Today is the darkest day of the year, astronomically speaking.
Most people eschew the physical darkness, that's why we invented torches, lamps, and flashing strings of Christmas lights. Most people eschew emotional darkness too, that's why we invented self-help books, Zoloft, and maybe even this blog.
But I'm here to tell you that the darkest day isn't so bad. Whether it's physical or emotional, the darkness is the best way to make room for the light.
Darkness strikes fear in the hearts of most. The dark of night makes it difficult to see what lies on the road ahead, eliciting the dread of uncertainty. The dark of night is the hour of the nefarious, spurring the worry of danger. The darkness of emotions are some of our most depressing moments, reminding us of the worst that life has to offer. And according to science, the dark of the Winter Solstice creates a negative physical reaction in our body leading to SAD -- seasonal affective disorder -- which unironically makes you feel actual sadness.
But there’s always a glimmer of hope.
Despite the well documented problems associated with darkness, I’m a glass-half-full kind of guy. I think the best way to get out of any dark period is to look for the light of the silver lining -- and there’s almost always a silver lining.
As the adage goes, it’s "darkest before the dawn.” That’s true in both the real world of the sun and the metaphorical world of our heart. The impending dawn is the silver lining.
So if today is the darkest day, that means it can’t possibly get any darker. If today is the darkest day that means it will only get brighter from here on out [silver lining]. You could see your darkest moment as the saddest time of your life, or you could see it as the moment things changed for the better [silver lining]. It’s all about your perspective.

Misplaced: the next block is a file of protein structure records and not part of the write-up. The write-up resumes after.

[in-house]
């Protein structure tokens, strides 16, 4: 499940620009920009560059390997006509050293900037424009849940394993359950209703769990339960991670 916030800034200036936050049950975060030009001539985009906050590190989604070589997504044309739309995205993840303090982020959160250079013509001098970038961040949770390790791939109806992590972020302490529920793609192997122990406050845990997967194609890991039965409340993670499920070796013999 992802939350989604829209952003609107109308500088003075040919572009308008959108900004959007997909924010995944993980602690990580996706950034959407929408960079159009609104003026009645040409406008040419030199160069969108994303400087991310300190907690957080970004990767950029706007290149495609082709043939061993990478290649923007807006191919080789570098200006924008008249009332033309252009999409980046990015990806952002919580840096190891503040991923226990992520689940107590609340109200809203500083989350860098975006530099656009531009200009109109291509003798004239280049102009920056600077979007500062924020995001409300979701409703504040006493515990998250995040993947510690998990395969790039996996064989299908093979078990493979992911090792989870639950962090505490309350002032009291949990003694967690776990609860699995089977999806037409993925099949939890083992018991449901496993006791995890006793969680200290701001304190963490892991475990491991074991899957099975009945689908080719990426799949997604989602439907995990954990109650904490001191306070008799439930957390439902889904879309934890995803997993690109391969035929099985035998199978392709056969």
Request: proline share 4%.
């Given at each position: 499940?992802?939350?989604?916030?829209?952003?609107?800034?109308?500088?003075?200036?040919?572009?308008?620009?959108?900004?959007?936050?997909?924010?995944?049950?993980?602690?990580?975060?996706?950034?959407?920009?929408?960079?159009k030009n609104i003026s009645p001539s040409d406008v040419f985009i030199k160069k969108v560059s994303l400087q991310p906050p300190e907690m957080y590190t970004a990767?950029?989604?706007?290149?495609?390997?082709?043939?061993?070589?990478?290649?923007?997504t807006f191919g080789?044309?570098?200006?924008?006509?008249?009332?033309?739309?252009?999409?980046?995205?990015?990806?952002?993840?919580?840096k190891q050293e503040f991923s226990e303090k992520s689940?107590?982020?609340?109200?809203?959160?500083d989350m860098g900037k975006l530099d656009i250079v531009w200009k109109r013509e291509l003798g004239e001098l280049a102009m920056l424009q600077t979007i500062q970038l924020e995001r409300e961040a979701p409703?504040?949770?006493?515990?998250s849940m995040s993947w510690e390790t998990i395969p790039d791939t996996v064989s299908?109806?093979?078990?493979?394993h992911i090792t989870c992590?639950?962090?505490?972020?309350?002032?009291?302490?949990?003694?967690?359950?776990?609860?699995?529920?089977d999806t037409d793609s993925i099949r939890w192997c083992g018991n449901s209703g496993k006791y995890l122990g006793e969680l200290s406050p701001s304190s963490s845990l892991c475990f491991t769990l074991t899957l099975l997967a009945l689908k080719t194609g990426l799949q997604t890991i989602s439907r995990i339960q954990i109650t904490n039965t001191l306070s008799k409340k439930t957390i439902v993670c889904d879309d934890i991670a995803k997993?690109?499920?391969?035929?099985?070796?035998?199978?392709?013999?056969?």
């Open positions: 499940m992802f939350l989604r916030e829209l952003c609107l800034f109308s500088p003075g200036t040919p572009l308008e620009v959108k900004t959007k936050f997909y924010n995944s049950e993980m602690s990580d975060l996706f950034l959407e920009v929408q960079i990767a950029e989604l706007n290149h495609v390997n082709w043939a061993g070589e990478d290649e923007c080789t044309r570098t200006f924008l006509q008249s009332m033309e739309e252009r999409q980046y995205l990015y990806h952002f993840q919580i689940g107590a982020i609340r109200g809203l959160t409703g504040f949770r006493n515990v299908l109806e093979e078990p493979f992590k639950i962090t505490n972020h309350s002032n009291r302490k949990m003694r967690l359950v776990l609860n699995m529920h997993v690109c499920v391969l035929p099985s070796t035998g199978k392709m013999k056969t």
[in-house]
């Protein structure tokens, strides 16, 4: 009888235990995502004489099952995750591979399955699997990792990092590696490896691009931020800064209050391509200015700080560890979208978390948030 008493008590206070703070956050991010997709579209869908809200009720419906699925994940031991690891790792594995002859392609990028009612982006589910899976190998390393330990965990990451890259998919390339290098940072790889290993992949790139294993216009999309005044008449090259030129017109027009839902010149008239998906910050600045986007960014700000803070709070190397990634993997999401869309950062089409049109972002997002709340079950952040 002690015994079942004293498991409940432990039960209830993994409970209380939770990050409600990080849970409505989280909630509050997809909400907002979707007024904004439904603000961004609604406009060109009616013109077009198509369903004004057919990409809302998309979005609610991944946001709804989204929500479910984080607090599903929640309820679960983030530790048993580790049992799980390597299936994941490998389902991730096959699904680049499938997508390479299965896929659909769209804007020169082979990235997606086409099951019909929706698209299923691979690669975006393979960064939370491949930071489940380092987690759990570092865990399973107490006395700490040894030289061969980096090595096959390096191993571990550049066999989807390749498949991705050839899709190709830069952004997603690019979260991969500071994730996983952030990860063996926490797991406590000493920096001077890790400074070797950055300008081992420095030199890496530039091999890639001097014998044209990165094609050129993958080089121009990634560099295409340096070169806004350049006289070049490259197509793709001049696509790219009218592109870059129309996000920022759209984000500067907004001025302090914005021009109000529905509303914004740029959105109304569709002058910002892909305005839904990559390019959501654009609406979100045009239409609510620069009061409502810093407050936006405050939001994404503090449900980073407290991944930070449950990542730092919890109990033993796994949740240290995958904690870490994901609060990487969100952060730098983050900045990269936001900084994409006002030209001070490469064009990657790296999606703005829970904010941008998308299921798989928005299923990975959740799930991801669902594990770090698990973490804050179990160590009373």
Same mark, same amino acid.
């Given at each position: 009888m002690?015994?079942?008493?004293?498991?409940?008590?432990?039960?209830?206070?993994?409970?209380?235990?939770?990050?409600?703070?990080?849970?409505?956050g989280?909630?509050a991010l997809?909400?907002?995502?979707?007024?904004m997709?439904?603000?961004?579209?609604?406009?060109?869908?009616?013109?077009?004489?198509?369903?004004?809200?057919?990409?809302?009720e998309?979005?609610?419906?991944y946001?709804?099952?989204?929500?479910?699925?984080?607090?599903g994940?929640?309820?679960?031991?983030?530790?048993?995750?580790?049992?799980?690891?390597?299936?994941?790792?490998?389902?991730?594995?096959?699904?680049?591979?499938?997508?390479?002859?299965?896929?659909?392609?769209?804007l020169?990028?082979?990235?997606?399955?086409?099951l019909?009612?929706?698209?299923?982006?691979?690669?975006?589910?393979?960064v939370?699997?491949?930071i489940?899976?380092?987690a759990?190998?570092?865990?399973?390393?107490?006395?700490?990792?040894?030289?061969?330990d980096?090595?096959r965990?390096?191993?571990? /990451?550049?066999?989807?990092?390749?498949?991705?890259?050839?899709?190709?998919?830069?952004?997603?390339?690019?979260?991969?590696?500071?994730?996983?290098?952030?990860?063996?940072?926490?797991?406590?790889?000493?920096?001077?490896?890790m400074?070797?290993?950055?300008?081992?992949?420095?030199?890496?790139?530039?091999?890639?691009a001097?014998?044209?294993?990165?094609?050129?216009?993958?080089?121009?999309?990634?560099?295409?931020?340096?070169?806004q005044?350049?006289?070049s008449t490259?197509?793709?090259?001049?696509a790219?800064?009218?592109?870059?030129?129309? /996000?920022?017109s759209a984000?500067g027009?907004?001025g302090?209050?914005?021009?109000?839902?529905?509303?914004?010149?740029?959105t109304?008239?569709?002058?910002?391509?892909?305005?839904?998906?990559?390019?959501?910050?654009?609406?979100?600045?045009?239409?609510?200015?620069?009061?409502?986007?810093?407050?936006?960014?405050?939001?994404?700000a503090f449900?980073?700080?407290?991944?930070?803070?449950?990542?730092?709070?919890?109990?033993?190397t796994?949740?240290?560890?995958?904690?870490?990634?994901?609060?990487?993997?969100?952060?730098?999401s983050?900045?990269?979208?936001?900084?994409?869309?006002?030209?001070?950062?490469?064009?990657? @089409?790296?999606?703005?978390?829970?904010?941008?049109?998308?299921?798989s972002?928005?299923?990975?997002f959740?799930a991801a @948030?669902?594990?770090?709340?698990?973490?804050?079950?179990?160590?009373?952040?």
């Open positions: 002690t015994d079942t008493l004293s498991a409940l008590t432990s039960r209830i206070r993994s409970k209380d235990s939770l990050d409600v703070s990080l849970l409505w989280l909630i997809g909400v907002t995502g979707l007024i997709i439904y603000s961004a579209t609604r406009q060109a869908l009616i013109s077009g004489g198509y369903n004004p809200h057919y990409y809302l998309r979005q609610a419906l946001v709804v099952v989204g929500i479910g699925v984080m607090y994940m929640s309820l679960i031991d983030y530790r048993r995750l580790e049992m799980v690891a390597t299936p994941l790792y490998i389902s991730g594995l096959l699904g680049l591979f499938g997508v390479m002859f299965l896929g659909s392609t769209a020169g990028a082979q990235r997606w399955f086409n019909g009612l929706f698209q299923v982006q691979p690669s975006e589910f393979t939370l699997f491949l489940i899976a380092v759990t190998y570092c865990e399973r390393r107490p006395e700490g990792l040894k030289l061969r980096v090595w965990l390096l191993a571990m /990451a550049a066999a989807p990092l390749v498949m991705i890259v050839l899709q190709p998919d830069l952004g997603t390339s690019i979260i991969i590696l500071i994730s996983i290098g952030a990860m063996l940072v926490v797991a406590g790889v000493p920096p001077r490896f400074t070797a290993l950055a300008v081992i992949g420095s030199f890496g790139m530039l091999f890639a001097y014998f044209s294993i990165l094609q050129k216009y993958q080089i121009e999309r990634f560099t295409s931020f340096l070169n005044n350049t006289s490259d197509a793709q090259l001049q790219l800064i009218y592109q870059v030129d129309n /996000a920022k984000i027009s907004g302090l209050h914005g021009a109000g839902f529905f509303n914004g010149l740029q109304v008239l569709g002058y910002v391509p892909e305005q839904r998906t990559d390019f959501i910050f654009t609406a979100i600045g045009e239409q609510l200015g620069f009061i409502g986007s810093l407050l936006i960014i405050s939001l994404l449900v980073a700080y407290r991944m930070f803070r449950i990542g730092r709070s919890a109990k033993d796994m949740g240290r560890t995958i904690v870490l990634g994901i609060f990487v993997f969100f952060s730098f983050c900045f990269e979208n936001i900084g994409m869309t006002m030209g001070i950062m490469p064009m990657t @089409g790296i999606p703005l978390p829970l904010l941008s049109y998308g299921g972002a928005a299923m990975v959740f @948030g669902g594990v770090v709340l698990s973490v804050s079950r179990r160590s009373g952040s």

The darkness also teaches us a lesson in appreciation.
Imagine you live in a world that is bright and sunny all the time. In this world you have no concept of darkness because you never get to see or feel it. Imagine how difficult it would be to truly enjoy the cozy warmth of the sun when you’ve never felt a bone-chillingly cold night.
Darkness makes us grateful for the light. Sadness makes us grateful for joy. And once you realize this you start to appreciate any kind of darkness for the perspective it awards you [another silver lining].
Nothing, not our personal world or the big picture, exists in a vacuum. What each of us knows is made up of our experiences and our perception of the great big universe swirling around us -- the sun and the moon, engagements and breakups, friendship and fights, birthdays and funerals, ups and downs, light and darkness.
How you react to any part of life is up to you. You get to decide if you let the darkness get you down or use it to make the light that much more powerful.
Choose to bask in the light, even on the darkest day of the year... especially on the darkest day of the year.